This report is supplied in accordance with Mintel's terms and conditions. Mintel Group Ltd.

Key points Homewares are available at a wide range of retailers and this research shows that people use a huge range of outlets and websites when shopping for homewares. Discount shops (41%), supermarkets (41%), Argos (34%) and department stores (31%) top the list used for in-store shopping for homewares. Online shopping for homewares accounts for a high proportion of shopping. Internet-only sellers (such as Amazon and eBay) are by far the most used internet outlets (34%). There is also a significant amount of online purchasing at Argos (9%), department stores (9%) and supermarkets (8%).

Where homewares were purchased FIGURE 54: Where homewares were purchased, November 2013 Which of the following retailers have you bought homeware items from, either in-store or online, in the last 12 months? Please select all that apply. Base: 1,421 internet users aged 16+ who purchased any homewares in the last 12 months Bought instore % Argos Department/variety store (eg John Lewis, Marks & Spencer, Next, Debenhams) Discount shops (eg Wilkinson, The Range, TK Maxx, Home Bargains) DIY store (eg Homebase, B&Q) Garden centre/gift shop (eg Dobbies, National Trust, independent gift shop) Ikea Internet-only seller (eg Amazon/eBay) Specialist cookshop or china shop (eg Lakeland, Steamer Cookware) Specialist home shopping company (eg Very, Betterware) Specialist curtain/linens retailer (eg Dunelm, Ponden, Hillarys Blinds) Supermarket (eg Tesco, Sainsburys) Other (eg furniture shops, market stalls, factory outlet shops)
Source: GMI/Mintel

Bought online % 9 9 4 6 3 6 34 5 4 5 8 16

34 31 41 28 12 16 NA 10 6 15 41 13

The online shopping phenomenon


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Homewares - UK - January 2014 - The Consumer Where Homewares Were Purchased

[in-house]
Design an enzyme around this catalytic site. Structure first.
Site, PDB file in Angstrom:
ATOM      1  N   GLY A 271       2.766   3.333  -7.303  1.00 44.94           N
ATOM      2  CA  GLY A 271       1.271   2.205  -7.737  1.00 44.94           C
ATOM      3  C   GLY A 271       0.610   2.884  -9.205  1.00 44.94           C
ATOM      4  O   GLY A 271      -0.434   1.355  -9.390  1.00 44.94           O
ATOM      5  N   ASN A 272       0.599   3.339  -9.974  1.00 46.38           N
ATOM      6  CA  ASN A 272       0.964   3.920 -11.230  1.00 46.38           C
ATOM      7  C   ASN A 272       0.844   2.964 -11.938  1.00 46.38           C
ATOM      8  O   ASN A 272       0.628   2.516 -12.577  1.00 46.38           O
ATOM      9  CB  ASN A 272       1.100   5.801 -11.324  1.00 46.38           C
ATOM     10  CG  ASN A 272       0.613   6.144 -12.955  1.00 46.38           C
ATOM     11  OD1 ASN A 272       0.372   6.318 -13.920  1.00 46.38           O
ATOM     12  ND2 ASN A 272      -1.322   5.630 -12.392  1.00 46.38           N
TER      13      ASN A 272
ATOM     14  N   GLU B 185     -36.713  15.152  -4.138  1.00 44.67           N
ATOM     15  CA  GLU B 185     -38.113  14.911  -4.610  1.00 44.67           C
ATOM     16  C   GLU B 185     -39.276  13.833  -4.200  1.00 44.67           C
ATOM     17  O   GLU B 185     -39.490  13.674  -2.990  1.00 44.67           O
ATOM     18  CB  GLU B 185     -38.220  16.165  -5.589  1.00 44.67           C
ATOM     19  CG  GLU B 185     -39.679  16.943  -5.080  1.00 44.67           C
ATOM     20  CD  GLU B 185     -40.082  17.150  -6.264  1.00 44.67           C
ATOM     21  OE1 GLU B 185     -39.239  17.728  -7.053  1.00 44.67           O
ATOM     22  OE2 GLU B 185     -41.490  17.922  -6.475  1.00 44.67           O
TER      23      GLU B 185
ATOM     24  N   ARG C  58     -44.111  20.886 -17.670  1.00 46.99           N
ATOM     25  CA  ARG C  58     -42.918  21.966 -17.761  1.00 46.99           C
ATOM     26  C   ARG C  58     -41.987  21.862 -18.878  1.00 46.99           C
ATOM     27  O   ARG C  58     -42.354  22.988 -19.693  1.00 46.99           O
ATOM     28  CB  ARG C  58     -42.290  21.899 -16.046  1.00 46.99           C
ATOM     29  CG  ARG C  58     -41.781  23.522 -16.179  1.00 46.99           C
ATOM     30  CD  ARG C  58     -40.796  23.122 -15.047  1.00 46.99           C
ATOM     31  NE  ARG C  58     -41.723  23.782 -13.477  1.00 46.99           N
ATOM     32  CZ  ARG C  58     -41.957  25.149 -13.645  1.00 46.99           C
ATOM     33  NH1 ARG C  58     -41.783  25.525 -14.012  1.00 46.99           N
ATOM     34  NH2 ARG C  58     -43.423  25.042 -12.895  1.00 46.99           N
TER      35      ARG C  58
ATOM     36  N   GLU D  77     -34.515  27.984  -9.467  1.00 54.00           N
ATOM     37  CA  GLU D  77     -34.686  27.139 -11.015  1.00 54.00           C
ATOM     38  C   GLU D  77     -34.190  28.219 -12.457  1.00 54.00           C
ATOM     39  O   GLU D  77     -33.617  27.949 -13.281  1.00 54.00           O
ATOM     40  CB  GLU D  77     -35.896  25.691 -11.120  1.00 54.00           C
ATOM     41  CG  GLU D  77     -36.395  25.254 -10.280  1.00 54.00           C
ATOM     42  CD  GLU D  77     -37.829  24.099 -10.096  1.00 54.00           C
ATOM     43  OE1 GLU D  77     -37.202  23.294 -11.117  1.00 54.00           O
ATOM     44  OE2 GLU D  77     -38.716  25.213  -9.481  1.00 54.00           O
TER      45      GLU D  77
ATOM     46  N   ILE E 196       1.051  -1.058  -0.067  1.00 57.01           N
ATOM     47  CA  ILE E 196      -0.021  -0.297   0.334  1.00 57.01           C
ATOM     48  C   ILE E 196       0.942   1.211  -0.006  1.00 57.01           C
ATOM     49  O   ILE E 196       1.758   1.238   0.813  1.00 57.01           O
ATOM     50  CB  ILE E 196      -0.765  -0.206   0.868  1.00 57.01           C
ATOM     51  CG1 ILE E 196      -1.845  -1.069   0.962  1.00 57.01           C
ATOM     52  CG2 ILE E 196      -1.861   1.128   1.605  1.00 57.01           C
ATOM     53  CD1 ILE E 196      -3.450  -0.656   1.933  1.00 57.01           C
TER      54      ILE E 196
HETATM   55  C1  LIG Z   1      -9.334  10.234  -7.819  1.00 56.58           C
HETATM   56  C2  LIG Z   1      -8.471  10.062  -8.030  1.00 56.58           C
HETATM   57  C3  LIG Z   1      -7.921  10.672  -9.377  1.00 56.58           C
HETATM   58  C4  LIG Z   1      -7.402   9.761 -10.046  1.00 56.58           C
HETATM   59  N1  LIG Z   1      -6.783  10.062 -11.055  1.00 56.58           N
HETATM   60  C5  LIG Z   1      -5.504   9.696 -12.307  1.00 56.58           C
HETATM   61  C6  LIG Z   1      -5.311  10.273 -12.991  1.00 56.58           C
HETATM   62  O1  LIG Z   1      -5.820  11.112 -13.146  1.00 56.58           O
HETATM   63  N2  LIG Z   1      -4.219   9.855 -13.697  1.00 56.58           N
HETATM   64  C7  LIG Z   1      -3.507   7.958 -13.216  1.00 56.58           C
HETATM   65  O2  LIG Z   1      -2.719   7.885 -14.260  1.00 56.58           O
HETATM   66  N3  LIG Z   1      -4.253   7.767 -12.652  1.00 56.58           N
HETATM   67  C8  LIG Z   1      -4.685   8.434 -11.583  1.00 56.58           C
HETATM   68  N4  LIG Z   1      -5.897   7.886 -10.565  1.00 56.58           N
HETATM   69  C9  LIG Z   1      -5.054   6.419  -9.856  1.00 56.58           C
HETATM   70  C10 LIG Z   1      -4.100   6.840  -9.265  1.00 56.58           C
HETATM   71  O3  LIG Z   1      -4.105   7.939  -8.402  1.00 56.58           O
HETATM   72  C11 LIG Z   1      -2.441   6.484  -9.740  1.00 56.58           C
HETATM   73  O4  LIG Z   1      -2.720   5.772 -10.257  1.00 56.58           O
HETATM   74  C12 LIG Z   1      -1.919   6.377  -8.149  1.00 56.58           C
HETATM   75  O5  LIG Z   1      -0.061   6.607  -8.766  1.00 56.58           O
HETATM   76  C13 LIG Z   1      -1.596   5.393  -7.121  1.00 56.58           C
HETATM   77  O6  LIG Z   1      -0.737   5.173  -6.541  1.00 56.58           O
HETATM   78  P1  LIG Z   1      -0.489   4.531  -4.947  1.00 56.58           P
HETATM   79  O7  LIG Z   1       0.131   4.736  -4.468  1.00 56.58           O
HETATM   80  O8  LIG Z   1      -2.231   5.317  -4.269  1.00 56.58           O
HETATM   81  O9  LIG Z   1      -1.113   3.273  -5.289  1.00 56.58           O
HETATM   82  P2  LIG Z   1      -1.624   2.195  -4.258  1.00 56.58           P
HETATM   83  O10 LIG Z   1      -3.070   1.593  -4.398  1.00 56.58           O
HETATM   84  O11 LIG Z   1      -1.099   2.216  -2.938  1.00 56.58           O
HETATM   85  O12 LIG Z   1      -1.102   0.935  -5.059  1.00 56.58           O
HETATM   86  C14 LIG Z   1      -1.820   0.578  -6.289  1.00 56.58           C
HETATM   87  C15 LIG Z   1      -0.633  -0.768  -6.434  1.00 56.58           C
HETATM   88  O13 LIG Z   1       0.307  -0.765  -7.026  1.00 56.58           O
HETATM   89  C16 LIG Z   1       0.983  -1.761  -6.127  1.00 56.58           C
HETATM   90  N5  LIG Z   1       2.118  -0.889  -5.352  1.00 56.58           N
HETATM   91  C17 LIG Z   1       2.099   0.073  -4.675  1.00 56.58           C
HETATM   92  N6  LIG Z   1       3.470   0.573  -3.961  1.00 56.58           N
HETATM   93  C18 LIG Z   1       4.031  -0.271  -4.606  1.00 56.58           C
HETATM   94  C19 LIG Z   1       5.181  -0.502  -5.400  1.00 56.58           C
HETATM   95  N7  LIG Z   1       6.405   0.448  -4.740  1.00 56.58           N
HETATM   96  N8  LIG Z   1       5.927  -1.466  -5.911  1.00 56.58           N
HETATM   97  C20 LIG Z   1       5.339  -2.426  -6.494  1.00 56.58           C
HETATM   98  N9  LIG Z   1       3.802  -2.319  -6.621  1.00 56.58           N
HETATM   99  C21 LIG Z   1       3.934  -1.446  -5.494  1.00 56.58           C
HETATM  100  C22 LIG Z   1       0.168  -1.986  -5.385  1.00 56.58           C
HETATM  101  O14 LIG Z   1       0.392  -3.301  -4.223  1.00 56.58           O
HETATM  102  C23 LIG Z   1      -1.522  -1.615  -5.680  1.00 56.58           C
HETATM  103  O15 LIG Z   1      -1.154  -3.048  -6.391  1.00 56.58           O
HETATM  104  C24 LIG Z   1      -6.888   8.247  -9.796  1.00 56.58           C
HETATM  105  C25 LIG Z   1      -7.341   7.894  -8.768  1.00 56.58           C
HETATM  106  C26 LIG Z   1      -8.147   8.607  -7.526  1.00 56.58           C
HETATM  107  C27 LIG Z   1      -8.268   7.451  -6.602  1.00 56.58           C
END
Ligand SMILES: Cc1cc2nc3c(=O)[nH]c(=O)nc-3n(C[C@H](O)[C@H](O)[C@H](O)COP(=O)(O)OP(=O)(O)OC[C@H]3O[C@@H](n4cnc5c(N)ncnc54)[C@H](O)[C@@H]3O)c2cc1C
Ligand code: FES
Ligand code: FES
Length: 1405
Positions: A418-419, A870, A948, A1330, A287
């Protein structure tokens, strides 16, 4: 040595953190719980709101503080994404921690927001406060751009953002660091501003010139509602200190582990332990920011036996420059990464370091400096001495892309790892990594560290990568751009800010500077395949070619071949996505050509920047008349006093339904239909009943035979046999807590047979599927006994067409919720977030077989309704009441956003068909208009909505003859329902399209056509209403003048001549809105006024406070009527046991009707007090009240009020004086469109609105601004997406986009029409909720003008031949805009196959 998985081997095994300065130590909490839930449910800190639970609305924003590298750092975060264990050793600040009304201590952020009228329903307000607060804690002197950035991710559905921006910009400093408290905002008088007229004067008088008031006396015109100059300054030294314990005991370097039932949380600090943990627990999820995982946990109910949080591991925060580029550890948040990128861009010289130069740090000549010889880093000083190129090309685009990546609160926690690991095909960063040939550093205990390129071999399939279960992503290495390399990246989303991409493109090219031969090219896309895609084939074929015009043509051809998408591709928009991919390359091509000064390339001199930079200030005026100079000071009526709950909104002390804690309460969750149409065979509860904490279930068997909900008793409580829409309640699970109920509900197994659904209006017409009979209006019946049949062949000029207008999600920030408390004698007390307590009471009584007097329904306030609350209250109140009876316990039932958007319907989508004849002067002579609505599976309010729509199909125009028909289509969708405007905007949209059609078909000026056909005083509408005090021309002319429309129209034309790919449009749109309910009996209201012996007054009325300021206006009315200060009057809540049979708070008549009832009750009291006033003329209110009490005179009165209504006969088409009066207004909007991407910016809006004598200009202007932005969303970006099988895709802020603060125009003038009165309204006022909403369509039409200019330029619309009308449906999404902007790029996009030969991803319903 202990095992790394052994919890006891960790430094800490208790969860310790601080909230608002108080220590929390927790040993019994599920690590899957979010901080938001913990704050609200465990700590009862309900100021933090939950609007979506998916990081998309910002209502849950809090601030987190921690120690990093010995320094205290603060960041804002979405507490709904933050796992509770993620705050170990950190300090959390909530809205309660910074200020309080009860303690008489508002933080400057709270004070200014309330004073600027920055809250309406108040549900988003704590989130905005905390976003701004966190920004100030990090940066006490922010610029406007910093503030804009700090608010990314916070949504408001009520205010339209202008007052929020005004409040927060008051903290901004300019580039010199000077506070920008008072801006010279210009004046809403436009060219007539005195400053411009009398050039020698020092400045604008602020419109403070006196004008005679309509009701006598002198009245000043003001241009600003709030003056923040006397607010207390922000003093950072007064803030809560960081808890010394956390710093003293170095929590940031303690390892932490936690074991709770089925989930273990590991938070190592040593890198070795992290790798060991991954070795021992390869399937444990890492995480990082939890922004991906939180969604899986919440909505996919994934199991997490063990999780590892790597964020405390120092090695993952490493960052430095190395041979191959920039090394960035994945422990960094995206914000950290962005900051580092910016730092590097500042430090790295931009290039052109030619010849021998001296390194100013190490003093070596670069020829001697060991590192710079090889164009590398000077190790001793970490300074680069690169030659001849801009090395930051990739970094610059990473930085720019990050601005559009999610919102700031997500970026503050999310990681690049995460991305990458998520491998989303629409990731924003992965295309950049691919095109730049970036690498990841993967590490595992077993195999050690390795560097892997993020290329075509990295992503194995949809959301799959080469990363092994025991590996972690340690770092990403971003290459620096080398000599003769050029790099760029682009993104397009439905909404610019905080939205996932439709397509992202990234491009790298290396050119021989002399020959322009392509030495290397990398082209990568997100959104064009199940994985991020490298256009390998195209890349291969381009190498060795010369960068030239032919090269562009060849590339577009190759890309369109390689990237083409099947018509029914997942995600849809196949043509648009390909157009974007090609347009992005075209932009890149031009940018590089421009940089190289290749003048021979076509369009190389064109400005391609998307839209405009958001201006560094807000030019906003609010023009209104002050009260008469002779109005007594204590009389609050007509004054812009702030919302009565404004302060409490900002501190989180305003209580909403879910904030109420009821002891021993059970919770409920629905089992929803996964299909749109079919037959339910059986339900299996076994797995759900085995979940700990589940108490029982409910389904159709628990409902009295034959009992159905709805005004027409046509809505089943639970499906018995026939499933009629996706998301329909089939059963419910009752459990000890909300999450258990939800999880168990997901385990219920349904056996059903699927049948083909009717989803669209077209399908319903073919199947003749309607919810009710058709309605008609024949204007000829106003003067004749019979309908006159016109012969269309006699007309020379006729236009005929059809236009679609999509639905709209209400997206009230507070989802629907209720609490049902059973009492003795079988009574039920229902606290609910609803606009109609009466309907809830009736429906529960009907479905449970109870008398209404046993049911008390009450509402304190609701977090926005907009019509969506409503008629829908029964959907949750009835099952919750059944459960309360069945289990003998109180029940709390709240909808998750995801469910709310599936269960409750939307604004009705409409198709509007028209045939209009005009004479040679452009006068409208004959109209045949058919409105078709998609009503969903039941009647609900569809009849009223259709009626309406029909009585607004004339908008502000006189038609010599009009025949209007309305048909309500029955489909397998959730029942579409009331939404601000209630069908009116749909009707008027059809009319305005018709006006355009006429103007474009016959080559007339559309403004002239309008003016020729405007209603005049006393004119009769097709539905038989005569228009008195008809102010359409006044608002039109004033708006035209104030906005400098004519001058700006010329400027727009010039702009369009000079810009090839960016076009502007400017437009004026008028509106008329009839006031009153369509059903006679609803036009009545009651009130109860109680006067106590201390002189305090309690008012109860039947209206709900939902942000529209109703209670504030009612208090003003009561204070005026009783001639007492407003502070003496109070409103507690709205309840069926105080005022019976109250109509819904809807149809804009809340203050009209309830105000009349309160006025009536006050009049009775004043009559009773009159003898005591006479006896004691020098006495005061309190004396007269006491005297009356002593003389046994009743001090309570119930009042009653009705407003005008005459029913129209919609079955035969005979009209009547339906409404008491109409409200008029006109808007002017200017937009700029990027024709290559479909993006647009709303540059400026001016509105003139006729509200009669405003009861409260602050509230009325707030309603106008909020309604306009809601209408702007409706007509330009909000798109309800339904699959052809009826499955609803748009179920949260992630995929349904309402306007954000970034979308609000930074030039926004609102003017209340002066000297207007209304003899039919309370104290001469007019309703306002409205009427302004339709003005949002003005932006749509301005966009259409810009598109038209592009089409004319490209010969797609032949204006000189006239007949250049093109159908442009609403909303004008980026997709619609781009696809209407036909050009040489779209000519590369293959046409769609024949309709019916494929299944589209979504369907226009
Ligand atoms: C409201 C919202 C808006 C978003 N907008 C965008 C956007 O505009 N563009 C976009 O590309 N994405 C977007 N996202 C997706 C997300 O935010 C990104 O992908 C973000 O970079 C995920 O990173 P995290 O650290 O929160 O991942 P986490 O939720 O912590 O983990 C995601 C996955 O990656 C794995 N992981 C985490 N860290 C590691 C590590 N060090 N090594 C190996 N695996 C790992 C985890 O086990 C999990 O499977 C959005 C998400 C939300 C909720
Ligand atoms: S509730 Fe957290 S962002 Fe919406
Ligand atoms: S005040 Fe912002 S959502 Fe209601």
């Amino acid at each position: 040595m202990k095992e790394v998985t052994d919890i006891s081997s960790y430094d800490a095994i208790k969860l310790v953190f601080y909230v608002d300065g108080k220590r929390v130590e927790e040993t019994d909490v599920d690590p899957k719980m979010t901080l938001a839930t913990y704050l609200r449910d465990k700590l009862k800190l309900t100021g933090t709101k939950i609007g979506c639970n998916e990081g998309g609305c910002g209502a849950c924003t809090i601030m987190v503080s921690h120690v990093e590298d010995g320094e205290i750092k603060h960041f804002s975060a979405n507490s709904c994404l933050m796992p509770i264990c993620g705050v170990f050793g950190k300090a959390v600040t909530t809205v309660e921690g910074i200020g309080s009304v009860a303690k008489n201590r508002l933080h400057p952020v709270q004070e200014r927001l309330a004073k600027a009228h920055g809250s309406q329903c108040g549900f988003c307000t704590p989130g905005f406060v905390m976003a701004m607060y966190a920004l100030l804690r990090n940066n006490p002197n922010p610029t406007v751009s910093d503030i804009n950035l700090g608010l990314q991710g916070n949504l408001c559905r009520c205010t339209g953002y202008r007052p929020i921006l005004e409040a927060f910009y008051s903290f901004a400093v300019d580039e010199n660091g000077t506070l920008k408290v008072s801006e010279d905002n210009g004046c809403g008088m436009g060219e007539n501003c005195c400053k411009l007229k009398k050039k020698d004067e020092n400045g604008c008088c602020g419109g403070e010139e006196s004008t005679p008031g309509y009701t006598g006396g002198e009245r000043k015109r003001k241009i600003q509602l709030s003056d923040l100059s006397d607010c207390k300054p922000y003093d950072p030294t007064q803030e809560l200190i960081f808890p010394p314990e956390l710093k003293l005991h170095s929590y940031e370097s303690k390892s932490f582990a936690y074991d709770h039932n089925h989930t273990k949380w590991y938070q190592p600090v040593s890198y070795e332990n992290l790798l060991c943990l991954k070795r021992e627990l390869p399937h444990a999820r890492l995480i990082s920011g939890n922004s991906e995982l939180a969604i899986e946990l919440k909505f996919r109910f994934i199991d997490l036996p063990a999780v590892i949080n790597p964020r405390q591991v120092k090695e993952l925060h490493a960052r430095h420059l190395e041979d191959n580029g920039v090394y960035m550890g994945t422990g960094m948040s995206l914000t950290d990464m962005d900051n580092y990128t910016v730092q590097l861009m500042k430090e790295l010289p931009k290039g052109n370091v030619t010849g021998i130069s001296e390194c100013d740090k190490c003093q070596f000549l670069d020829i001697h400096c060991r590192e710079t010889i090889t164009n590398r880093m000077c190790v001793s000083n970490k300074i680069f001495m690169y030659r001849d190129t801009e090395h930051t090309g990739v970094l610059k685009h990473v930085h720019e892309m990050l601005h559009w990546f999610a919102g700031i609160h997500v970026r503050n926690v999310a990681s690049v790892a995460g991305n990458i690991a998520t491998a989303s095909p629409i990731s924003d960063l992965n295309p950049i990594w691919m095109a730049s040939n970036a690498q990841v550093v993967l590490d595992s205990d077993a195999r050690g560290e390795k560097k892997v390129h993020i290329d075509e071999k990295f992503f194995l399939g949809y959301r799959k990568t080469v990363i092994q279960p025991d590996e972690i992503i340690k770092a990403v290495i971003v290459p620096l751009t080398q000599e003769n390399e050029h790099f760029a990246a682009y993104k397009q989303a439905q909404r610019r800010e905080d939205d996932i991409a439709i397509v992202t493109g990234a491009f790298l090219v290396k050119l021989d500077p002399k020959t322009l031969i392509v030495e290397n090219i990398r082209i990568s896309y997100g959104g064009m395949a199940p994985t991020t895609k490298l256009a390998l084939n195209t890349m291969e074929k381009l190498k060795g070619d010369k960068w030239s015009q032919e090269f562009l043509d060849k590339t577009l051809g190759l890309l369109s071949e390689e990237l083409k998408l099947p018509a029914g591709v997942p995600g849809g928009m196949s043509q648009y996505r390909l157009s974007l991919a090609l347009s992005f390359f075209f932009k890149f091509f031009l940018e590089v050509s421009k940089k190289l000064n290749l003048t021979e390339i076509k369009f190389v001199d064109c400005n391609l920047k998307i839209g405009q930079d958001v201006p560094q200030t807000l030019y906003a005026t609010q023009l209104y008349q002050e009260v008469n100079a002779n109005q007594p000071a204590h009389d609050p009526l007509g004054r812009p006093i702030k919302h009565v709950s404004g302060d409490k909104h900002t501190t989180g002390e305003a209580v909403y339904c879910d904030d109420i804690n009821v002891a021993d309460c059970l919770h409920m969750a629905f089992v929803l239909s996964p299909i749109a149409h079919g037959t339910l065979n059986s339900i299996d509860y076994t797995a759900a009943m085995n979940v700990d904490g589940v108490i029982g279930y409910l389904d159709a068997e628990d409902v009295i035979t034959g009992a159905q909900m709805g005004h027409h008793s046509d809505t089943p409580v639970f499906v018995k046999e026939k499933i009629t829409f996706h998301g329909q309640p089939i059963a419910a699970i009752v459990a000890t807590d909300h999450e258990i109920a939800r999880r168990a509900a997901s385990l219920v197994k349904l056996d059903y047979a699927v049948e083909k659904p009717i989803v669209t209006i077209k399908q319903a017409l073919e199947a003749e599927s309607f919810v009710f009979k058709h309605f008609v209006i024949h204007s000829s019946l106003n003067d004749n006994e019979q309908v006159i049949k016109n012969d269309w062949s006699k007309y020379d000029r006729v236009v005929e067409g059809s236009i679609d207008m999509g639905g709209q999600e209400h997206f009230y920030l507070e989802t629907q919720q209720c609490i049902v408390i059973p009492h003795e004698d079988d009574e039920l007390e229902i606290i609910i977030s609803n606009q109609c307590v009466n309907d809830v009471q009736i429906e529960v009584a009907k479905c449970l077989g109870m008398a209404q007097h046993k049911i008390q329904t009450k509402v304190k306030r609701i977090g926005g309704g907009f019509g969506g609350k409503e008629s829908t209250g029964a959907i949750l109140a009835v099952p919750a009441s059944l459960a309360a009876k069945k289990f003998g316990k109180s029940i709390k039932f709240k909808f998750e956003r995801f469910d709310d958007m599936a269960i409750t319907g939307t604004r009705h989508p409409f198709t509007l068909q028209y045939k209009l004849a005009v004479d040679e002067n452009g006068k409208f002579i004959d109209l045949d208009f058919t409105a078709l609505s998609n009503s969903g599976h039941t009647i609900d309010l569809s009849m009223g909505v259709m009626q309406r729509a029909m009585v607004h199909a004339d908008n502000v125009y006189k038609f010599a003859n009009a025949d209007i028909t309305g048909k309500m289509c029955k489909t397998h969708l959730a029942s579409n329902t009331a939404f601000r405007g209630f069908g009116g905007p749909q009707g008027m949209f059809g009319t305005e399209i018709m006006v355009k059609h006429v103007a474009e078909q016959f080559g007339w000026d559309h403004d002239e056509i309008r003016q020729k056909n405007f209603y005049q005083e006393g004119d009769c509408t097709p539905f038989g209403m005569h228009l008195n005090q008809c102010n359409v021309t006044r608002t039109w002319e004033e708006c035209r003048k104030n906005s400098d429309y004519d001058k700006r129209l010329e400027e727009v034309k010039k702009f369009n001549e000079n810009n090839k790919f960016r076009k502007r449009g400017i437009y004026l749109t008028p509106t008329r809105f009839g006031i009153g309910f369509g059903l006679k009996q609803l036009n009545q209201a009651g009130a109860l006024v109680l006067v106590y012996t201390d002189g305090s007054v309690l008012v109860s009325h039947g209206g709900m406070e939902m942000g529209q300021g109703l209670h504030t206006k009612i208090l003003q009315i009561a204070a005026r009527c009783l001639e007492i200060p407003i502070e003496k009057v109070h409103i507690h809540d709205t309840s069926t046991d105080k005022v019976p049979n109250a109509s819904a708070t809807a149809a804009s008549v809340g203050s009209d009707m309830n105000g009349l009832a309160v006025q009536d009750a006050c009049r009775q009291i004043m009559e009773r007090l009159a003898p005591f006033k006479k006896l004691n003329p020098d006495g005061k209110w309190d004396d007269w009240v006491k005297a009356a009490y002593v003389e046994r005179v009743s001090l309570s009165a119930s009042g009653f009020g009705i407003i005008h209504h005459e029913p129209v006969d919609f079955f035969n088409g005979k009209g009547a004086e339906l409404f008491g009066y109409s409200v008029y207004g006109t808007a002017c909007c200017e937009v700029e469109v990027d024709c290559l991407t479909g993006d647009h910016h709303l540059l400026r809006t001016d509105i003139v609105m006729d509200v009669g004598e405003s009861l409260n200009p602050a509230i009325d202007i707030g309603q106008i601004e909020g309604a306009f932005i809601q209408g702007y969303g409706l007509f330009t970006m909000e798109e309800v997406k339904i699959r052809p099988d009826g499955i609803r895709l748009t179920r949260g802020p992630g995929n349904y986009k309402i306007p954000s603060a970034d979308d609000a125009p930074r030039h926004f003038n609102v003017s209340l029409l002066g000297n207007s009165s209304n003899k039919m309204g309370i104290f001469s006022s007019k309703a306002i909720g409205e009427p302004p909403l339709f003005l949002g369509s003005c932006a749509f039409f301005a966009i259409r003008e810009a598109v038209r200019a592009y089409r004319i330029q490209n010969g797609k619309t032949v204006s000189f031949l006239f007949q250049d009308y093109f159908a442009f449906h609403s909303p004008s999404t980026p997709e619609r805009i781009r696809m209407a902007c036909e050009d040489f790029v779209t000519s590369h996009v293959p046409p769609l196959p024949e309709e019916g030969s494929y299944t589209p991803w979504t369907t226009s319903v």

Online shopping has grown in stature in recent years and this report shows that every category of retailer has online shopping options these days. From the very excellent Next Directory to the superb multi-channel options at Argos, John Lewis and specialists, consumers are voting with their clicks and buying homewares online. Mintels report Buying for the Home Online UK February 2013 sees how much the boundaries between stores and online has blurred and that click & collect allows customers to mix and match the way they shop and avoid the problems associated with having to wait in for deliveries. In this report the online winners include Argos (9%), department stores (9%) and supermarkets (8%), but discount shops (4%) and garden/gift retailers (3%) are lagging behind. This applies both to the share of shoppers they have captured in this survey and the ratio of their in-store and online shoppers. So these outlets have an opportunity to do more to attract people to buy online from them. In Mintels Buying for the Home Online UK February 2013 report we find that shoppers tend to associate pureplay online sellers and particularly eBay with being cheaper than store-based sellers. And in this survey we see that internet-only sellers including Amazon and eBay are by far the most-used online channel and that more than a third of people who had bought homewares in the last year had opted for a pureplay seller. They are used by a broad range of consumers and even the older 65+ age band (28%) are inclined to buy online these days from pureplay retailers. Key analysis: There is no doubt that online shopping is part of the fabric of the way we shop these days and that retailers need to be excellent online sellers if they are to compete for a share of consumer spending. We believe that the rapid rise of smartphones is key for the future and that people will increasingly use their mobiles to shop. So retailers will develop more user-friendly ways to browse and shop online from a mobile. As Amazon continues to go from strength to strength retailers must look carefully at new ways to compete. Amazon is making strides to make it even more convenient to buy online and to take delivery (with more secure collection points around the country) but the main thing other retailers can do that Amazon cant is offer multi-channel services. Multi-channel, coupled with great flexibility and service, is key to being able to compete.